You should assess those risks based on your risk appetite. Address high and moderate risks first, and explore risk treatment options to reduce the likelihood or impact if the threat is realized.
To build detailed response and recovery plans, tailor your plan to those cyber risks that are most realistic and relevant to your business, and start there.
Invest in response, continuity, and recovery plans
Many companies already have incident response plans that inform their immediate actions after various types of cyberattacks. But cyber resilience also requires detailed business continuity and recovery plans.
A comprehensive response, continuity, and recovery plan should address:
- How to maintain and deploy redundant databases, servers, application instances, and other assets
- Whether to prioritize internal or customer-facing recovery
- How you will work with third-party providers
- How to restore the company’s reputation after a breach
- How response speed will affect the business
- Whether your insurer will have a role in incident response
- Legal, regulatory and contractual requirements, especially related to breaches of personal, confidential, or sensitive data
Cyber resilience should be part of business planning
Cyber resilience plans cannot be passively maintained. Cyber threats and their likelihoods, potential impacts, and mitigation options are constantly changing. It’s best to go through risk assessment, mitigation, and recovery planning annually.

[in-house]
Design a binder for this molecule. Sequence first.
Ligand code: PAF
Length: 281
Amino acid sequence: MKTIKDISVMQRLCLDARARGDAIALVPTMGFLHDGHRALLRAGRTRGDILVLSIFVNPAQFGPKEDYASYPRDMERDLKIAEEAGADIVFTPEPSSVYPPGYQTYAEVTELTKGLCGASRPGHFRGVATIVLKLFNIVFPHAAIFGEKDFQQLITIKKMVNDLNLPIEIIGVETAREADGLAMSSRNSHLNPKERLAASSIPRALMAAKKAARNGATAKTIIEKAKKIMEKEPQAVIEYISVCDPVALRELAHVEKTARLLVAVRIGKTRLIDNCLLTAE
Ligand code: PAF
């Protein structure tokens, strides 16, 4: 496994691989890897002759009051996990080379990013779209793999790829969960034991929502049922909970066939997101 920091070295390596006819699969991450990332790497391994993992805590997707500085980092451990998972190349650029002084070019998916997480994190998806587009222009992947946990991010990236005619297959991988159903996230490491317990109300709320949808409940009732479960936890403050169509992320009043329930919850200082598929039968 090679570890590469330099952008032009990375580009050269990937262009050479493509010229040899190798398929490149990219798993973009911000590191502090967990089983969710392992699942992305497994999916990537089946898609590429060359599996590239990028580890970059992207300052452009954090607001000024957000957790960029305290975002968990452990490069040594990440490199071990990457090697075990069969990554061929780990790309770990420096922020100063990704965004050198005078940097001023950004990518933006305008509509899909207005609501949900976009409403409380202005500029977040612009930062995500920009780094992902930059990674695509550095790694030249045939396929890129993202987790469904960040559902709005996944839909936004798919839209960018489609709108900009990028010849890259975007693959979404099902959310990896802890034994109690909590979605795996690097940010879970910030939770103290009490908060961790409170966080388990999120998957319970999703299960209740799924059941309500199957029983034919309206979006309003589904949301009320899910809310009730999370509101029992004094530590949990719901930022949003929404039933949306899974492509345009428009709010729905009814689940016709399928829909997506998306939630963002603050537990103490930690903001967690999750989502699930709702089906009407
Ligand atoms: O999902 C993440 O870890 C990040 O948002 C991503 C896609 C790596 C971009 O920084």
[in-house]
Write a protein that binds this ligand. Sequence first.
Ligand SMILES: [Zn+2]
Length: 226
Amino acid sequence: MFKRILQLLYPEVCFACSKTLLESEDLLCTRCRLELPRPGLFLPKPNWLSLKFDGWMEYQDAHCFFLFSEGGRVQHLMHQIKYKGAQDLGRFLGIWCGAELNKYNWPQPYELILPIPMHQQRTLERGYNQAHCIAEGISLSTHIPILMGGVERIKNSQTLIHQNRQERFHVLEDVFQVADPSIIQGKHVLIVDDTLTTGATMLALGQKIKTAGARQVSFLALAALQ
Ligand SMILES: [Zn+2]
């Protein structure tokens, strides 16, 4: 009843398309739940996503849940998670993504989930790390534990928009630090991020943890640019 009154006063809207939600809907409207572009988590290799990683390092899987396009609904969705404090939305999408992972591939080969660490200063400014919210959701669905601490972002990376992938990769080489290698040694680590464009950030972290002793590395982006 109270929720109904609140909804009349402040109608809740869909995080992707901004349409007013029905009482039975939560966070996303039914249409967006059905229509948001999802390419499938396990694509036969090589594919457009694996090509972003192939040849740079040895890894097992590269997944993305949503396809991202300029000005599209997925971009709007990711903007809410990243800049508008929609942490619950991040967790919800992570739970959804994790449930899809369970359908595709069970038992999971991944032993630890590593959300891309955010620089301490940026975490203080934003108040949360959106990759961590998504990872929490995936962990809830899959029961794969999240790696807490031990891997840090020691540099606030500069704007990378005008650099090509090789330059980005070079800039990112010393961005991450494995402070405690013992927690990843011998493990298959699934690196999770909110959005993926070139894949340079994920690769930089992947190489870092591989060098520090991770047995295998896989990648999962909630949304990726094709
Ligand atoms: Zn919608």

Cyber resilience should also be part of regular business plans and strategies. For example, if the company launches a new business line, cyber resilience should be considered from the beginning.
An outside professional can help with cyber risk assessment and planning
Few companies have an internal team or leader who can understand both the business risks and the IT risks inherent in cyber attacks. Even for those that do, it may be a challenge to find the time to lead cyber risk assessment and planning efforts. An outside professional or firm can bring cross-functional capabilities and speak the language of both management and IT.
In addition, a qualified cybersecurity consultant will have experience with a wider range of cyber threats and recovery scenarios than your internal team. Outside professionals can also help you align all internal documentation required for response, continuity, and recovery plans. There are many benefits of working with experienced third-party experts.
Related: Why Is Third Party Risk Management Important?
Increase your company’s ability to bounce back from a cyber attack
A successful cyber attack comes with financial, operational, reputational, and legal risks that can disrupt normal operations—or worse. With the incidence of successful cyber attacks rising in nearly every industry, it’s time to move beyond cybersecurity into cyber resilience.
You can mitigate the impact of a cyberattack by having a solid process for evaluating potential threats and defending against them. This involves comprehensive planning for incident response, business continuity, and business planning. Focus on understanding and planning for a few of the highest-risk scenarios, and invest in minimizing risk and preparing to recover.